We could be in for more mosquitoes than previous summers due to the weather.
Just last week the Bureau of Meteorology declared La Niña had developed in the Pacific Ocean.
La Niña is a climate phenomenon and typically brings cooler temperatures in southern parts of Australia and warmer overnight temperatures in the north.
It also means we could see more rain. The last time Australia experienced La Niña 2010-2011 saw Queensland lashed by floods.
Models suggest it could be around until at least the end of 2020, according to BOM.
While rain will be welcome in some areas it could mean more mosquitoes.
Dr Cameron Webb, a clinical associate professor with the University of Sydney, wrote in an article for The Conversation explaining how wet weather is perfect for mozzies and mosquito-borne diseases.
Dr Webb wrote mosquitoes lay their eggs on still or stagnant water. In this case, due to more rain we should see more puddles and more filled gutters for the mozzies to produce offspring in.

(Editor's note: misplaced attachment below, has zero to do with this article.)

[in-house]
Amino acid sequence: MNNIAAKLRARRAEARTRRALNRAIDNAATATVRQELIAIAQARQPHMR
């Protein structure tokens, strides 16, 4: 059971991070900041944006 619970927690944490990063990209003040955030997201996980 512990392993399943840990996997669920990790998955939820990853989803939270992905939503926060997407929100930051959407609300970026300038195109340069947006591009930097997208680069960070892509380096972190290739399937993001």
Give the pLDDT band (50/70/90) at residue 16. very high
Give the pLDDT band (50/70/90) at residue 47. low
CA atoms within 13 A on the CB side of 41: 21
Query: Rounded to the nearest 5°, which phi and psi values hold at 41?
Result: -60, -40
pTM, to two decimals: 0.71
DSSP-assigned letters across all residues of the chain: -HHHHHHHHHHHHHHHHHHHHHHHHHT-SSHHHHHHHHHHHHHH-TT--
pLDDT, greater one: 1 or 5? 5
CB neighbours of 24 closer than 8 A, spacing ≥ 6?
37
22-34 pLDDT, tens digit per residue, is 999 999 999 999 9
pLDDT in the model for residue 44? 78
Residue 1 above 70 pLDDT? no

“If the water dries up, they die. But the more rain we get, the more opportunities for mosquitoes to multiply,” Dr Webb wrote.
Viruses associated with mosquitoes
Dr Webb added while Australia is free of major outbreaks of mosquito-borne viruses people still experience Ross River virus, Barmah Forest virus and the “potentially fatal” Murray Valley encephalitis virus.
He also pointed out “extensive” inland flooding has caused outbreaks of these viruses too including Victoria’s Ross River virus outbreak in 2016-2017, southeast Queensland’s Ross River outbreak in 2014-2015 after seasonal rainfall, and an outbreak of Murray Valley encaphalitis during Australia’s last La Niña event.
How to avoid being bitten by mosquitoes
Dr Webb advises the best way is to use repellent but it’s also important to empty out any water-filled containers in backyards or cover them up.
Authorities often monitor possible mosquito breeding grounds too in case there are outbreaks of viruses.
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